Fatawa >Khums >chapter one > part three

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2. Expenses that are Exempt from Khums

Since Khums is levied on the surplus of gains, profits made on these gains are not subject to Khums immediately; the lapse of one year should therefore be taken into account. The objective being that enough time is allowed for the mukallaf to spend, of these profits, on his requirements, as well as his business. Should there be any money left over at the end of the financial year, Khums has to be paid on them. That said, we should list down that which is considered of "living expenses" so that it be exempt from those profits.

Expenditures that is exempt from profits are of two types:

a. What is spent in the process of making a profit, such as expenses on the tools, equipment, and machinery of trade/business. So is that which is spent in repairing, maintaining, or replacing such items, or buying fuel and the sort for them. Such expenses as employees' wages, transportation, storage, outlets, taxes, etc. are also deducted from the profits, whether same were spent, at intervals, during the year or paid as a lump sum at the end of the year, such as taxes.

The exemption of such expenditure is not confined to the year it is incurred. Should profit be not forthcoming until the second or third year, for example, all expenditure in the first year of business is covered by such expenditure in a general sense. We will discuss this aspect in some details in the chapter dedicated to business.

b. Annual living expenses, i.e. all that which is spent during the year on oneself and members of one's family, including that which is spent in charity, presents, prizes, hospitality, settling one's obligations, such as nadhr, kaffarah, payment of debt, expiation or compensation, what is lost or damaged, be it inadvertently of intentionally.

Included in such expenses are cars, servant, furniture, items of ornamentation, what is spent for marrying one's offspring, of which is providing them with accommodation, and setting them up in business or securing jobs for them.

What are exempt also are expenses paid for carrying out acts of worship, such as hajj and paying homage to the holy shrines, be it obligatory or voluntary.

There are though many other avenues of expenditure which vary from time to time, generation to generation, and society to society. Yet, the yardstick in determining the exemption is that the expenditure must be commonly recognized as such. Whether spending in that sphere is obligatory, voluntary, makrouh, or lawful is immaterial.

However, exempting such expenditure is conditional on it being actually spent and that it was met from the profits made. Suppose that someone donated to another all that what is needed for their annual maintenance, or part thereof, or they economized to save some money, they should not be exempt form paying Khums on the amount saved. Moreover, so long as the money is still surplus to one's needs, it remains liable for payment of Khums. For example, a person set aside an amount to spend it for their hajj; should they change their mind and not embark on the journey, for this reason or the other, that amount is deemed surplus, in which case it should be Khums taxed, should it remain thus at the end of the year, i.e. without spending it in any other avenue.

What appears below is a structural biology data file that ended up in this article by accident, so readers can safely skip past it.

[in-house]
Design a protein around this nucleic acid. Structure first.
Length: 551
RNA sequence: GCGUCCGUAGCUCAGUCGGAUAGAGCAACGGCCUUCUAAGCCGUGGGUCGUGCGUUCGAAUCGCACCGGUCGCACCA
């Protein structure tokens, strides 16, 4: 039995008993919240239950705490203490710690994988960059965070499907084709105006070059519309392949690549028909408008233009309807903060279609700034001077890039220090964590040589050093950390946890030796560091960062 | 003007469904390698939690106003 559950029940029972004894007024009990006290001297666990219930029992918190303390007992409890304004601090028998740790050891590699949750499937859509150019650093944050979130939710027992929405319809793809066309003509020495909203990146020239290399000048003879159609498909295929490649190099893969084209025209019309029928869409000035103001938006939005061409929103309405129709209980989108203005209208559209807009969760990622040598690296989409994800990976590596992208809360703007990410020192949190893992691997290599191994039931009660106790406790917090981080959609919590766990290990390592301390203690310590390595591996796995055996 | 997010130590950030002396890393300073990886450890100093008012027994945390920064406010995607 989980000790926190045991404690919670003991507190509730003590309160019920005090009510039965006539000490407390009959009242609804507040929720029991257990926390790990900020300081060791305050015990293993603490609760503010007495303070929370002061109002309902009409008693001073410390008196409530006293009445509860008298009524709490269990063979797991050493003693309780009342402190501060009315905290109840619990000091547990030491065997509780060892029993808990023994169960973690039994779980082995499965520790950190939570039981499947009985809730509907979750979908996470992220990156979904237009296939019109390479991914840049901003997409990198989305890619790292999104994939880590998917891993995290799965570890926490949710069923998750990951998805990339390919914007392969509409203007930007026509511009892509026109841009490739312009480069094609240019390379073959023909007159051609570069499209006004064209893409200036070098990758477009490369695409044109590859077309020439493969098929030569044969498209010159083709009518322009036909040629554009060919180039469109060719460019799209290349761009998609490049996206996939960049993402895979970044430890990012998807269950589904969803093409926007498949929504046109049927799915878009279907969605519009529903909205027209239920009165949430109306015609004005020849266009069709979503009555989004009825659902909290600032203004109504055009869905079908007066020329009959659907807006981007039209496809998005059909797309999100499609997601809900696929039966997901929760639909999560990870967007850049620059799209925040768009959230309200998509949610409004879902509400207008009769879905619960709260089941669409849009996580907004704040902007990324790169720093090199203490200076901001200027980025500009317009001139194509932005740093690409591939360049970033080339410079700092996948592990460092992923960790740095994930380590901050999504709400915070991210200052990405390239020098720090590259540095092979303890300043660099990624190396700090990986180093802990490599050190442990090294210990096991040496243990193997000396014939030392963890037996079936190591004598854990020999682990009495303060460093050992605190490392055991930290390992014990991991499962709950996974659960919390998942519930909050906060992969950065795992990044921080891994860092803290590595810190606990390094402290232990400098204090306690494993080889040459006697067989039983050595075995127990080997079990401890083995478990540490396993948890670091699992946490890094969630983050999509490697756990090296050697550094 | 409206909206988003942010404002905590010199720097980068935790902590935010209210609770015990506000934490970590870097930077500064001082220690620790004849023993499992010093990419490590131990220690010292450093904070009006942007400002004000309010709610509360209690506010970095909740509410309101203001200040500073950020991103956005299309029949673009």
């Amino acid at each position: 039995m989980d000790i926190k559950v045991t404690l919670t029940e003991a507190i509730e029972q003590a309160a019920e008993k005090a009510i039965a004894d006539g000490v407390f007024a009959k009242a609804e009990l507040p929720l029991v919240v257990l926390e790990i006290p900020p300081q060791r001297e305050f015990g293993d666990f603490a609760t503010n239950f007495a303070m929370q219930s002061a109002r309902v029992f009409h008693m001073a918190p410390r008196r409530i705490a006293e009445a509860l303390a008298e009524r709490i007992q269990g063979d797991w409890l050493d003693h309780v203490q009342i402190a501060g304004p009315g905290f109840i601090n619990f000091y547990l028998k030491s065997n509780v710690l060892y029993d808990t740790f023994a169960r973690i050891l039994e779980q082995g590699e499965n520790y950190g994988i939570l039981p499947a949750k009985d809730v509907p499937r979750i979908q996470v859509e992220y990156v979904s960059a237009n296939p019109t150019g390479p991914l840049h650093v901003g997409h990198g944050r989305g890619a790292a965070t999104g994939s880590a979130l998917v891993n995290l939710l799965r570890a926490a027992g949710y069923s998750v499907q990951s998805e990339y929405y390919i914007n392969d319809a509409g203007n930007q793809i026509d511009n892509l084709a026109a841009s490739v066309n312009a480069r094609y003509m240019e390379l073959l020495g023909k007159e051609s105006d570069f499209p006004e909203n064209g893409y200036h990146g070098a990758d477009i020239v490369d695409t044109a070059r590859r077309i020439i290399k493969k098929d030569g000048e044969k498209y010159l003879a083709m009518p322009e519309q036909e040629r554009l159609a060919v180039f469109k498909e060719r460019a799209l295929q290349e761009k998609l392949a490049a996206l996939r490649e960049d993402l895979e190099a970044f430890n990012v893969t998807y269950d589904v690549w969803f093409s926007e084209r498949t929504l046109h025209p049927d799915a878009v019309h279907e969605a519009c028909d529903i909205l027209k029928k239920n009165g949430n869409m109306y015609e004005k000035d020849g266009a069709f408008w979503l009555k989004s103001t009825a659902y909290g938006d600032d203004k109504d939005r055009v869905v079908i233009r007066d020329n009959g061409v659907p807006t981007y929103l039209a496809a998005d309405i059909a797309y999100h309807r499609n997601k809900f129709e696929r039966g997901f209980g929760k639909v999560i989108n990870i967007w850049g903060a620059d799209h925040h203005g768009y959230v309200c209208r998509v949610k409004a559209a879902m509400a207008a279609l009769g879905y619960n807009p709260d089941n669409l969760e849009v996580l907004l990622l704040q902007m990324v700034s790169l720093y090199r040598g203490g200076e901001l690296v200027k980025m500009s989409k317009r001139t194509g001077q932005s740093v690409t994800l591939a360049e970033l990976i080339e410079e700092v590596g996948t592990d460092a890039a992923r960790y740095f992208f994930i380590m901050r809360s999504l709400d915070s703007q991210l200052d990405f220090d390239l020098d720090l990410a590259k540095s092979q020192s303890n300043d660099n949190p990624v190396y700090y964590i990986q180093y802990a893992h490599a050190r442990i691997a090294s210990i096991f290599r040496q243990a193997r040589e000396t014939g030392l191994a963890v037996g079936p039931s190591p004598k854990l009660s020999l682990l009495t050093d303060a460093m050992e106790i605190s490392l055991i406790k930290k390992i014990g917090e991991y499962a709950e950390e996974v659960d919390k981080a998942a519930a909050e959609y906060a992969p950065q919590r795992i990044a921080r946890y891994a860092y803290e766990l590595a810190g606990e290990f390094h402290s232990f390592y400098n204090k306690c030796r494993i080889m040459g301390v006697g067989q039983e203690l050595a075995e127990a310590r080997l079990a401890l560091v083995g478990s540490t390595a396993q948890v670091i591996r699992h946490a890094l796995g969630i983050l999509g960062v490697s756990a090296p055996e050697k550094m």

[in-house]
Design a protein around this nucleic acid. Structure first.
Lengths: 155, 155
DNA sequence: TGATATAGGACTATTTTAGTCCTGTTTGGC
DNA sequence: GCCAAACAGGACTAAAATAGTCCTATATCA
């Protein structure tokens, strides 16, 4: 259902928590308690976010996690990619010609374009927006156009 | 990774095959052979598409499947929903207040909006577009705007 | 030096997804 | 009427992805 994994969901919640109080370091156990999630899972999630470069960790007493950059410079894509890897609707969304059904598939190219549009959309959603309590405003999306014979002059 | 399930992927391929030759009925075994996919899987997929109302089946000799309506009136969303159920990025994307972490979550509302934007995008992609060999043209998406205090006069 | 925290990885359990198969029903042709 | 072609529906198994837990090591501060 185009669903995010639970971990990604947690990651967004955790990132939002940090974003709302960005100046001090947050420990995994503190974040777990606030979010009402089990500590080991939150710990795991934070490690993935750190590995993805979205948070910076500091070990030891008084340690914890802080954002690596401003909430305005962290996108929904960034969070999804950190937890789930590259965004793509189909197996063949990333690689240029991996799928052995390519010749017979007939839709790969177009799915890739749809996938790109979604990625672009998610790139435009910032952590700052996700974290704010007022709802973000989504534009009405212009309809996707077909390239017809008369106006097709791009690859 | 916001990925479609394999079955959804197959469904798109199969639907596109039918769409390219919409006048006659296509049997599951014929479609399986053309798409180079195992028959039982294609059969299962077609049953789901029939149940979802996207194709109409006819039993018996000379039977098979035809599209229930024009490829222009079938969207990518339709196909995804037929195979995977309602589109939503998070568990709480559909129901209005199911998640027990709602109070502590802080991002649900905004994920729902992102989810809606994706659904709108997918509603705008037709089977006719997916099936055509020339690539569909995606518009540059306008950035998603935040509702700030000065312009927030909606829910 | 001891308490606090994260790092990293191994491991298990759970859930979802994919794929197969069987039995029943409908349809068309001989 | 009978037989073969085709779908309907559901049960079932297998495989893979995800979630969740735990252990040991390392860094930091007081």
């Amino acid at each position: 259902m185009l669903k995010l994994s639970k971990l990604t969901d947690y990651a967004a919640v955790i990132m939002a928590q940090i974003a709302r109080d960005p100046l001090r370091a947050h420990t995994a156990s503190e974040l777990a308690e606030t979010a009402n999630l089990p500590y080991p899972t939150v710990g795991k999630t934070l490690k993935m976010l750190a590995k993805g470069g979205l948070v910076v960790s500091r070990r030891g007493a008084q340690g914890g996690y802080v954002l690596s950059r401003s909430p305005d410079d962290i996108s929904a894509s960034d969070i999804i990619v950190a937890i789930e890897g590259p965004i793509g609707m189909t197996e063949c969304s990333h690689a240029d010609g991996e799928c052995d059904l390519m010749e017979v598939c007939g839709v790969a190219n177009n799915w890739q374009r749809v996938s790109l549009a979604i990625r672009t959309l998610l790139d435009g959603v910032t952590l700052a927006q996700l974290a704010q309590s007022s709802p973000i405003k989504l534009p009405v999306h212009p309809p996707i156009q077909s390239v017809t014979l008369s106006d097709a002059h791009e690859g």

95. Payment by cheque is quite common theses days. Suppose that a person wrote a cheque of a certain amount, such as that for his living expenses; he made arrangements with the bank that the amount be debited to his account before the end of the year. Perchance, the transaction took sometime, missing the specified dated. The owner should pay Khums on this amount. The reason being that issuing a cheque per se does not render the amount outside the pale of the owner's property. It should be so, after the amount is debited to the person's account and transferred to the party in whose favor the cheque was written.

96. Should the mukallaf go over the top and spend more than his peers in social standing, what he spent should be considered as extravagance. Included in this is what is spent by way of harram, such as dinking alcohol, gambling… etc. In such a case, it would not count as part of one's normal expenses; neither would it be exempt from profits. The mukallaf should take the initiative to assess the amount unlawfully disposed of, assume it is still in his possession, and pay Khums on it.

Exceptionally high donations for charitable causes, throwing lavish parties… etc., of the type that is not commensurate with the person's social status, are not counted as normal expenses, neither are they exempt from profits. Conversely, exempting such donations and hospitality expenses is valid.

97. It has already been stressed that nothing is described as living expenses, unless it serves a purpose of living in the process. Such a need would be satisfied when that expense uses. "Use" is a diction, which is going to be used a lot; what it means is how the person goes about using his money for his annual living expense.

Accordingly, any property, in the hands of the mukallaf, be it a capital asset, such as a house not taken for residence, a suit he has not used during the year, or money lying around, such would be described as surplus to one's yearly provisions, and would therefore attract Khums, by virtue of not using same. For the "use" to materialize, it is not necessary that the mukallaf uses it himself; it suffices that any of his dependents uses it.

The exemption of this rule is non-ability of the mukallaf to meet his requirements at one go, rather gradually, such as building a house, providing for one's wedding.. etc. the reason being that what the mukallaf finishes in part counts as part of his living expense, although he is not in a position to use it. This is on condition that the money is actually spent in that avenue, as will be elaborated later.